|Key Release: La Storia di Cannibali|
It's astounding how often mediocre bands consistently become huge while far more interesting artists remain in the shadows. Sure, there are the heavyweights of progressive metal like Tool and Mastodon, but the vast majority of bright ideas aren’t coming soon to a music store near you. Unfortunately, National Sunday Law’s work has so far fallen into that vast majority. National Sunday Law’s sound fluctuates between sprawling post-rock complete with GY!BE-style samples (“City Dwellers”), and what sounds like a Baroness record played at half speed. Songs evolve over several minutes, with dissonant guitar riffs skittering over thunderous doom-metal chords; acoustic guitar interludes tread lightly over Derek Donley’s seismic drumming as he maximizes the impact of each tom hit and cymbal crash. There are a number of ideas that permeate their lyrics, including paganism and spiritualism, supported by cave painting-esque bucks on their most recent alsbum cover and the occult-nature song titles (“Theriocephaly” means having the head of an animal, while “Antoillier” is Old French for “antler”).
National Sunday Law’s music has a distinctly primal feel to it, as if guitarist Darin Tambascio’s percussive vocals are the war cries of early mankind, perhaps reminiscent of fellow Los Angeles act Intronaut on their 2008 breakthrough Prehistoricisms. When questioned about the band’s themes, Tambascio stated that, “Nature, humanity and art are the closest thing we know to spirituality…humans are just like other animals, but with bigger brains.” This spiritual aspect brings to mind the works of Neurosis, and the rumbling guitars and hypnotic shouts of their 2009 debut La Storia di Cannibali support this notion with a distinctly “Through Silver In Blood” vibe. The band's songwriting really shines with things stretched out, notably during the controlled paranoia of epic closer “Preservation in Stone”. Over its eleven-minute run time, the song moves from caustic, swirling riffs to mellow interludes, evokes Red Sea-era Isis with its pummeling middle section, and ends with a delicately-constructed outro that brings the album to a calming, cathartic close.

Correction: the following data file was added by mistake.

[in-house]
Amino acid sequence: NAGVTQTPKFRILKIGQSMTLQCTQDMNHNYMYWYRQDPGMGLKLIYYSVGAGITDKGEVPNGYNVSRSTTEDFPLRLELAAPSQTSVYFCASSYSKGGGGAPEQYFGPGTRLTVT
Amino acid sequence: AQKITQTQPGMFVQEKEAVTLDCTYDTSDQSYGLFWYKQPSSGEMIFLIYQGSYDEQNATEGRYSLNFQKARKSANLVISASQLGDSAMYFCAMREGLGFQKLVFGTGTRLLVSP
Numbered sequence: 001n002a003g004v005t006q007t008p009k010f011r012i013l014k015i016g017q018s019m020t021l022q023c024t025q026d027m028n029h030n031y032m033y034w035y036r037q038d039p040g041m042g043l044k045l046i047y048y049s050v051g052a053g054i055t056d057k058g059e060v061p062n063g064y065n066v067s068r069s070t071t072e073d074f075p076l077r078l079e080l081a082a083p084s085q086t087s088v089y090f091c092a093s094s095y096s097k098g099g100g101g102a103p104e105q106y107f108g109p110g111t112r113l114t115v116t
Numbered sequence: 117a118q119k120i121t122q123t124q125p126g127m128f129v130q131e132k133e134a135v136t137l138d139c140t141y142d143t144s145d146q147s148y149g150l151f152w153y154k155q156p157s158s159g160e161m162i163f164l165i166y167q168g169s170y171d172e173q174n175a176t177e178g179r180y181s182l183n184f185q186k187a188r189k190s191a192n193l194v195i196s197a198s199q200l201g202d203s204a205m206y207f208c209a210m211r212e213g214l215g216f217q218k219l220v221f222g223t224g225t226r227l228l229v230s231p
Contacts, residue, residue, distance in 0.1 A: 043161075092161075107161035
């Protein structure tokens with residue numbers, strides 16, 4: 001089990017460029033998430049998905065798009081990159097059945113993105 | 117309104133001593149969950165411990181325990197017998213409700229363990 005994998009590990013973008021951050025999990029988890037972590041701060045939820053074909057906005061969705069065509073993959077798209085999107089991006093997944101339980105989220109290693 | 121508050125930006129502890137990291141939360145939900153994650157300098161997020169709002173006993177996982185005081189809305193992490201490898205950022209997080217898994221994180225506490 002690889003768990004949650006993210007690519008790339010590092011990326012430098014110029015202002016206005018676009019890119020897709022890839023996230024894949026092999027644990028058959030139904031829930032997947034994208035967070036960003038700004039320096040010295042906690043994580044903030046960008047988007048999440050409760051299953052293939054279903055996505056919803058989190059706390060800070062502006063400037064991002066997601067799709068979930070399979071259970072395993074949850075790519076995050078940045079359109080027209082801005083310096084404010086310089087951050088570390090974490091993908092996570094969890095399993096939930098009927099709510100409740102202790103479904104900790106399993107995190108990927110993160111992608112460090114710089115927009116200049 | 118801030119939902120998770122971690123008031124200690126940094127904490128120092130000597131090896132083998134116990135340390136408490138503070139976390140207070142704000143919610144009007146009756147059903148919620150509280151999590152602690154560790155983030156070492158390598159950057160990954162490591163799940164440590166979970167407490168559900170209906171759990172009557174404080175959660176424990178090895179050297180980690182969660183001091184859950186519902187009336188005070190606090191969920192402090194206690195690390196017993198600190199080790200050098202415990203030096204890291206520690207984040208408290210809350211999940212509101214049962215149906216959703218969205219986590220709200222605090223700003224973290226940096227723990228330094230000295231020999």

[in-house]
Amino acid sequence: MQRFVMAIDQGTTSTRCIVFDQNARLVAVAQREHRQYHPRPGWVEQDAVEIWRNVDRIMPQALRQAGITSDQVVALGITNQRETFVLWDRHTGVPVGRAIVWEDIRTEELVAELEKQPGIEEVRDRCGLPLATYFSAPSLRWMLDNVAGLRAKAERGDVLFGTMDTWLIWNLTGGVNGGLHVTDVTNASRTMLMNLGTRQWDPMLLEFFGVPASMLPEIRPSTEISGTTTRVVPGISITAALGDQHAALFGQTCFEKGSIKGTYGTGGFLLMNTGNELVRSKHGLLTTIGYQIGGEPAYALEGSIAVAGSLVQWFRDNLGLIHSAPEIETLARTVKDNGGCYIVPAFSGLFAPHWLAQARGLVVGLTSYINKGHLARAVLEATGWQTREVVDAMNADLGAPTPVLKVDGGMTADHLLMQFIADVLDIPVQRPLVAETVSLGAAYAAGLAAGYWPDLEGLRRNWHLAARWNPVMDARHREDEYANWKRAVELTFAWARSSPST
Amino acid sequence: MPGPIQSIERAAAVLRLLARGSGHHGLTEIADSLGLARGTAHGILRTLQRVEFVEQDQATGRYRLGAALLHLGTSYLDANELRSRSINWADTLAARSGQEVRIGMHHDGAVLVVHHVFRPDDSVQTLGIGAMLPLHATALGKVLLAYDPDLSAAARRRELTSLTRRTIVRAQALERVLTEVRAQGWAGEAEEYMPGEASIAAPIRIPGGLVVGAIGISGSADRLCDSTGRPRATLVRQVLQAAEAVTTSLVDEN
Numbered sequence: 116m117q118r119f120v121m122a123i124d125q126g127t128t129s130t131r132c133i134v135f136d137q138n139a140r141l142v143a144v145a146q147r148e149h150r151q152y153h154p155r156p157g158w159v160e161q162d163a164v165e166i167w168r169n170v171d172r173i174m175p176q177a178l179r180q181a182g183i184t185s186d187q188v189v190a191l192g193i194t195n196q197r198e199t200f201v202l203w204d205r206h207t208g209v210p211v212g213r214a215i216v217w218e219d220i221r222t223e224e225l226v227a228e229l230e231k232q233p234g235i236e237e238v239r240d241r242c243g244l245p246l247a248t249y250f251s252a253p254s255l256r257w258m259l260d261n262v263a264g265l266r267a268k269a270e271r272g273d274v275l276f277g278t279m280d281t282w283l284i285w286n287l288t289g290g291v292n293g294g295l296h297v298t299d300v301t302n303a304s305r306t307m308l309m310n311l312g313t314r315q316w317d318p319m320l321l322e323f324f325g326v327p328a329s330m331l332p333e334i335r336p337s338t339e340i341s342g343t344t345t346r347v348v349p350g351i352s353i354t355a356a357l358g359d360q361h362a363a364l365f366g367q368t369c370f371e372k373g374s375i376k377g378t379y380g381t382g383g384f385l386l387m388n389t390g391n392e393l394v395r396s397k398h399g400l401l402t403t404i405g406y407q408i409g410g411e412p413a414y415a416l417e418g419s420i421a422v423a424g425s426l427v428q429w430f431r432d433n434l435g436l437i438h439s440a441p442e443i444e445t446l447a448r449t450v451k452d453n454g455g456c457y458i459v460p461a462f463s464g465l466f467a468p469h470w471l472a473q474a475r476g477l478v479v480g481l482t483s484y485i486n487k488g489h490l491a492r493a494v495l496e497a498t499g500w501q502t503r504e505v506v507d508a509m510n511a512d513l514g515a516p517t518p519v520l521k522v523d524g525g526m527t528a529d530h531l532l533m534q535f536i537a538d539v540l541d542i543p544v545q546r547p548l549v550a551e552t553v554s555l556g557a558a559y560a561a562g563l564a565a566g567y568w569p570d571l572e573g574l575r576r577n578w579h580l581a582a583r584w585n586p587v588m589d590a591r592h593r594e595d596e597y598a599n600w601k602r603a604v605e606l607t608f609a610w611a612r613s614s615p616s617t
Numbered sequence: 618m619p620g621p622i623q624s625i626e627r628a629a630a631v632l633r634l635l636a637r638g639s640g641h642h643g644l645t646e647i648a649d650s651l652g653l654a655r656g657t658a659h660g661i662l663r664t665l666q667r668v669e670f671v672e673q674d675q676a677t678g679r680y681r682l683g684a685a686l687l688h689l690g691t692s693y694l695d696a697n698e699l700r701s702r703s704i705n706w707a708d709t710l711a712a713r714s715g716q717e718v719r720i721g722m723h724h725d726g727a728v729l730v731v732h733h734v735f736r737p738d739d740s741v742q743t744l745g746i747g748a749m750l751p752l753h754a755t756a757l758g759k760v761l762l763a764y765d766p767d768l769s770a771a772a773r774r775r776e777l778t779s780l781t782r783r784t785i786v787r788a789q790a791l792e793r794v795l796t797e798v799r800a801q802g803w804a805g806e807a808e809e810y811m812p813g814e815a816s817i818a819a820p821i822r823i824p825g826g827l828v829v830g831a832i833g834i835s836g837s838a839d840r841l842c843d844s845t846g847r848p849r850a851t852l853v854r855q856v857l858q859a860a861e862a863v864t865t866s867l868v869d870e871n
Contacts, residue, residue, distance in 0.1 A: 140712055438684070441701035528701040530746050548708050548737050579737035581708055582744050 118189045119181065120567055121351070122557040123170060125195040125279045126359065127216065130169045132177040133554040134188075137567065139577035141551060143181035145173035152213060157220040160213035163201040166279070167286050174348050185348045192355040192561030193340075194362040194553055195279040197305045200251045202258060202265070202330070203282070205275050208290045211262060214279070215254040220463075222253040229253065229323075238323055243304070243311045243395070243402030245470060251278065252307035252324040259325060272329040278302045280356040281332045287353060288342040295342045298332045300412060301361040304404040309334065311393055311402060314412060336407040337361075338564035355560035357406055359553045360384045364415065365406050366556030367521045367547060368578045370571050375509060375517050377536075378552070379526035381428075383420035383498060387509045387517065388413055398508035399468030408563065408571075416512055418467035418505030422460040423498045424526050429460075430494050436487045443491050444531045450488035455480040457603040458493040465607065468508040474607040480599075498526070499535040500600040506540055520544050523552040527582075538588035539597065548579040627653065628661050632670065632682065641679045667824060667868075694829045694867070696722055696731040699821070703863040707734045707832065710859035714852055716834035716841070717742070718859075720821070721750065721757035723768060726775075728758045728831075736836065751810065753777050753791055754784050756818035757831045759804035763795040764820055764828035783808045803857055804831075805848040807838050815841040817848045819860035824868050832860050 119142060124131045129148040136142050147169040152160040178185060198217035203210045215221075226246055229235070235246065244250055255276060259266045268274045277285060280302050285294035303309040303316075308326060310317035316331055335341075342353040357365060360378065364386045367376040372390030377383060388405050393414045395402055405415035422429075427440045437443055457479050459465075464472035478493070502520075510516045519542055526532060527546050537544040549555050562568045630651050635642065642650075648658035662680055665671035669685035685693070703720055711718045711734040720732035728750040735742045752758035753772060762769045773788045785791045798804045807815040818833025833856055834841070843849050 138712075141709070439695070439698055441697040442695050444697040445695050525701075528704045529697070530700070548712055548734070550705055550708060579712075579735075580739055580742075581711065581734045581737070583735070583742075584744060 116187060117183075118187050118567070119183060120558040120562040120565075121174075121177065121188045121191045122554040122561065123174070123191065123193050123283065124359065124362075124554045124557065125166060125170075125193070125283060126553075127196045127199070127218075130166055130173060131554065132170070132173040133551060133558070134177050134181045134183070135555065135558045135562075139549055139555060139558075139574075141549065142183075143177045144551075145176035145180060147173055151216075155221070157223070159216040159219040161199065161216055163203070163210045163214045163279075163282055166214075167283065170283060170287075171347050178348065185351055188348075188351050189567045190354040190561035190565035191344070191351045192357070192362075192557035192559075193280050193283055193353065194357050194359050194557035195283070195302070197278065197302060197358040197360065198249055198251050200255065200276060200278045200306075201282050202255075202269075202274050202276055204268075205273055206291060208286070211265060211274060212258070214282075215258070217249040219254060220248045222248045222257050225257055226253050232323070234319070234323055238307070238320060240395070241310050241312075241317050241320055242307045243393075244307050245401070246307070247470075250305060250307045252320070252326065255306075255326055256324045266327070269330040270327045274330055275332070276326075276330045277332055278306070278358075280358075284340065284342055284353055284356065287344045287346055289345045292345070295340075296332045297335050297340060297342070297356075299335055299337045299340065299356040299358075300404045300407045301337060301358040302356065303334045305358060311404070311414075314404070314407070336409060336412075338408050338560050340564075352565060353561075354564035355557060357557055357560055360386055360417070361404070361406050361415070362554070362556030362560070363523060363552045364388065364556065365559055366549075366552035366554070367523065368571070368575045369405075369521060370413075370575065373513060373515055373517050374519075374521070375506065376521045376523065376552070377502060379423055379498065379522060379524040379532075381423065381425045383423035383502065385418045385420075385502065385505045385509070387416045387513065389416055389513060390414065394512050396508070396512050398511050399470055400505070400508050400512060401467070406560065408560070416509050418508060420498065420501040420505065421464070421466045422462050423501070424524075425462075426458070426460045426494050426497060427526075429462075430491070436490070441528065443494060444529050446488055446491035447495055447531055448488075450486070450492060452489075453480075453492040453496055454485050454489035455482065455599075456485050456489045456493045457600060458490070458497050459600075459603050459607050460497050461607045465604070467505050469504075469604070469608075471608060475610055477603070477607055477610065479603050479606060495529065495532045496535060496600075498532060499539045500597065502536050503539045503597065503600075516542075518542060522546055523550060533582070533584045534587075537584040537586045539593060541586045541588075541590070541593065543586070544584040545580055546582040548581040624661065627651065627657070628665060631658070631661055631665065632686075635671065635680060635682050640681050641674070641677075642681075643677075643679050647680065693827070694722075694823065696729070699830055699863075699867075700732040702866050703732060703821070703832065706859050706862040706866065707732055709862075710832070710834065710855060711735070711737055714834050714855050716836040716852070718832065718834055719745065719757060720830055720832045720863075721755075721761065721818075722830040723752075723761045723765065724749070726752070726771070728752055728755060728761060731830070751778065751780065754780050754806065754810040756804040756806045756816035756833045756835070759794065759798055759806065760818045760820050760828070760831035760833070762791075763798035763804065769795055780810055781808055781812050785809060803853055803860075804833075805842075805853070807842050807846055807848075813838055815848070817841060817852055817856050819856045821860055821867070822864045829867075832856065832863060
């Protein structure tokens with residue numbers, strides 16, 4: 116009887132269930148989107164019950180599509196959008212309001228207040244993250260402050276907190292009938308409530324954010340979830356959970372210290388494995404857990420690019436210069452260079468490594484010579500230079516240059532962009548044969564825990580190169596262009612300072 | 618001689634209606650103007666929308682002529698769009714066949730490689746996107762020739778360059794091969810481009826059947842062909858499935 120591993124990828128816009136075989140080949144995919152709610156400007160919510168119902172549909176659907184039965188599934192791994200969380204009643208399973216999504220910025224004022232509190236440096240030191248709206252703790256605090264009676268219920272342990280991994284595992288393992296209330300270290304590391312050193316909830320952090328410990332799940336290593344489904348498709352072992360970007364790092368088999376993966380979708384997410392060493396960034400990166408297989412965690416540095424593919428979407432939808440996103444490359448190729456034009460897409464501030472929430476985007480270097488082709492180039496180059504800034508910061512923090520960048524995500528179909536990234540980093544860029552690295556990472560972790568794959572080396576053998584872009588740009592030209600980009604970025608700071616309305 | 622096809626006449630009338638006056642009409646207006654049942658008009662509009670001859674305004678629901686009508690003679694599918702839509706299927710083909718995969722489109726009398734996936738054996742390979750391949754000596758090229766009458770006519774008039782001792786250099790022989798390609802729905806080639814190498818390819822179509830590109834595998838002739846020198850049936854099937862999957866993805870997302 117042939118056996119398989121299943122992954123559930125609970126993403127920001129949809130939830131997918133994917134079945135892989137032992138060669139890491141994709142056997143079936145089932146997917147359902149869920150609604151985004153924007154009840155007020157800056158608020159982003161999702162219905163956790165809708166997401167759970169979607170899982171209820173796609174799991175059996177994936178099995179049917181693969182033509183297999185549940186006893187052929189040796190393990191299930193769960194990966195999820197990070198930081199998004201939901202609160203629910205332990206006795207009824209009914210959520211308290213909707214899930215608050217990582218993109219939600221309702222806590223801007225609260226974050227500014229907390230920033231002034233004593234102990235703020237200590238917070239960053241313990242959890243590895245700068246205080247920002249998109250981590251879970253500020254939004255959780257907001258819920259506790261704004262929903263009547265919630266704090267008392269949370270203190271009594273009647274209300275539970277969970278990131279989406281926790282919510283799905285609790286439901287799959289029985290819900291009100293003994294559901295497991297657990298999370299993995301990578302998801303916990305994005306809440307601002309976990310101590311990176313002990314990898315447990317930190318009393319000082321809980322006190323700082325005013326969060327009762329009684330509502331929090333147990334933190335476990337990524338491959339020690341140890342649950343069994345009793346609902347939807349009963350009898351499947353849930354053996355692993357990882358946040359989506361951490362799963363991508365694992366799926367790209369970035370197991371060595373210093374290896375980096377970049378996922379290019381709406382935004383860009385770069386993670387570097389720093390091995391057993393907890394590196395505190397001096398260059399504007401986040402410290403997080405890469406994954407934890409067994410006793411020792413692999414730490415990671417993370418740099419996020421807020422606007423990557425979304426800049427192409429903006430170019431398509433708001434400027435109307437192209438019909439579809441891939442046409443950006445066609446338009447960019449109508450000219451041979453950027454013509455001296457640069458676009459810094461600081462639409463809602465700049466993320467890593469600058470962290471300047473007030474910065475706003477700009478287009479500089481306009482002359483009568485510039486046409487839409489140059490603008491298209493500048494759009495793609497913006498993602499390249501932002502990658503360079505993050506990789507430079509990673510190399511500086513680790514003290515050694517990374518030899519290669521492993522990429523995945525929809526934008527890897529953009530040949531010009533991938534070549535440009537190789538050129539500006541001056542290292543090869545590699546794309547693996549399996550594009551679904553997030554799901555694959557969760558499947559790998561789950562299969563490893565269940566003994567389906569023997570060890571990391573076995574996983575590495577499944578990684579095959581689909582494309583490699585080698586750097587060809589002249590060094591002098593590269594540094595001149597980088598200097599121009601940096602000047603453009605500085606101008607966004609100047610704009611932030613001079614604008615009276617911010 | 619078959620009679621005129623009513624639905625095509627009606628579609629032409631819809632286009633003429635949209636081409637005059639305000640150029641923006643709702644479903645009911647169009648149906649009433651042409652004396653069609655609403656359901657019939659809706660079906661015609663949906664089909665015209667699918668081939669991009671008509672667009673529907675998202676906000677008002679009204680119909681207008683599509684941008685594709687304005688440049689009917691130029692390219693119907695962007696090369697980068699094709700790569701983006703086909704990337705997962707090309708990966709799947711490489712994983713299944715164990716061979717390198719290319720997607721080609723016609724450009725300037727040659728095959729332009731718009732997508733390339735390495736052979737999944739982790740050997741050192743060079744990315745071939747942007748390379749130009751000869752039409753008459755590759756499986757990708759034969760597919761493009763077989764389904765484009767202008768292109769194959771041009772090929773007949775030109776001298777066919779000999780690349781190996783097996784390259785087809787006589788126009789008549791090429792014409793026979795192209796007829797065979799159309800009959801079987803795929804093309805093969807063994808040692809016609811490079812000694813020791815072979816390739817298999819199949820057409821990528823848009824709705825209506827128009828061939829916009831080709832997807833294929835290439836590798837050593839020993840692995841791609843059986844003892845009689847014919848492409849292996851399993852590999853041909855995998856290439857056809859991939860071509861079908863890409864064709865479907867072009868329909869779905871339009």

National Sunday Law have been steadily carving a niche in experimental metal that hints at their influences but has a very distinct sound thanks to the duo’s dynamic songwriting. If you enjoy bands that blend soft and heavy elements and manage to make it all sound natural, don’t hesitate to look into any of their three releases, particularly last year’s Festival of the Horned God. They may take several listens to sink in, but National Sunday Law creates metal unlike any other that should prove quite rewarding to heavy music enthusiasts.